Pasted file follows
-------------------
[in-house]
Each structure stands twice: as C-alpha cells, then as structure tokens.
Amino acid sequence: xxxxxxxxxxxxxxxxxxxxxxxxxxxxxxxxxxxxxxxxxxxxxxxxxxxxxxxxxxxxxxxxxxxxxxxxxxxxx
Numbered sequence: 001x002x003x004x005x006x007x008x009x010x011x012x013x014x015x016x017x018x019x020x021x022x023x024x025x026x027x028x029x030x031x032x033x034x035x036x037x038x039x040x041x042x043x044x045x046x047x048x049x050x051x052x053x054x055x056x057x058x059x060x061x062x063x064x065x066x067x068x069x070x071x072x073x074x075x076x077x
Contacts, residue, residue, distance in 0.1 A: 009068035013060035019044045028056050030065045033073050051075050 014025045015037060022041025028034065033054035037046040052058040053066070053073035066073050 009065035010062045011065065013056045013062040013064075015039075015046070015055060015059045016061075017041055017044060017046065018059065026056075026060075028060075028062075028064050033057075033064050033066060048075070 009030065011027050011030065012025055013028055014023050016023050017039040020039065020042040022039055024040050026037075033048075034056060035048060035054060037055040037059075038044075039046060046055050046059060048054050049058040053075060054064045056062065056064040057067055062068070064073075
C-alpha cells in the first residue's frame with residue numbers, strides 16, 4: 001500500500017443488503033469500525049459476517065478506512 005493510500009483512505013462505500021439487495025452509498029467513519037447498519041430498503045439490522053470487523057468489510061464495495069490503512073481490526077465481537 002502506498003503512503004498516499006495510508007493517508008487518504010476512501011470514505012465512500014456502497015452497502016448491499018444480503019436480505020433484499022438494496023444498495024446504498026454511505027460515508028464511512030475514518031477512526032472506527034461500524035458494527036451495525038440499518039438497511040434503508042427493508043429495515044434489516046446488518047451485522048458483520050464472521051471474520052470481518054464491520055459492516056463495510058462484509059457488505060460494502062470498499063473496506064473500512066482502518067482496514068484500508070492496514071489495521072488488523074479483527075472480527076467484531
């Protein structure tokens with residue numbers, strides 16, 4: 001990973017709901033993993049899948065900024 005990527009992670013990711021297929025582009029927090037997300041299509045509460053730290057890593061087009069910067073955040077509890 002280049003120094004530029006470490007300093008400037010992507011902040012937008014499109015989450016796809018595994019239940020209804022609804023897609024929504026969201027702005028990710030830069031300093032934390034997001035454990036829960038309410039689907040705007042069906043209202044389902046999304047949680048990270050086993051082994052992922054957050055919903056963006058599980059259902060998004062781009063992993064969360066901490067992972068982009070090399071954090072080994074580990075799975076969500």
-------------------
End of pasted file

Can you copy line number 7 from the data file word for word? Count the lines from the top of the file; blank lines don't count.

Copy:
């Protein structure tokens with residue numbers, strides 16, 4: 001990973017709901033993993049899948065900024 005990527009992670013990711021297929025582009029927090037997300041299509045509460053730290057890593061087009069910067073955040077509890 002280049003120094004530029006470490007300093008400037010992507011902040012937008014499109015989450016796809018595994019239940020209804022609804023897609024929504026969201027702005028990710030830069031300093032934390034997001035454990036829960038309410039689907040705007042069906043209202044389902046999304047949680048990270050086993051082994052992922054957050055919903056963006058599980059259902060998004062781009063992993064969360066901490067992972068982009070090399071954090072080994074580990075799975076969500």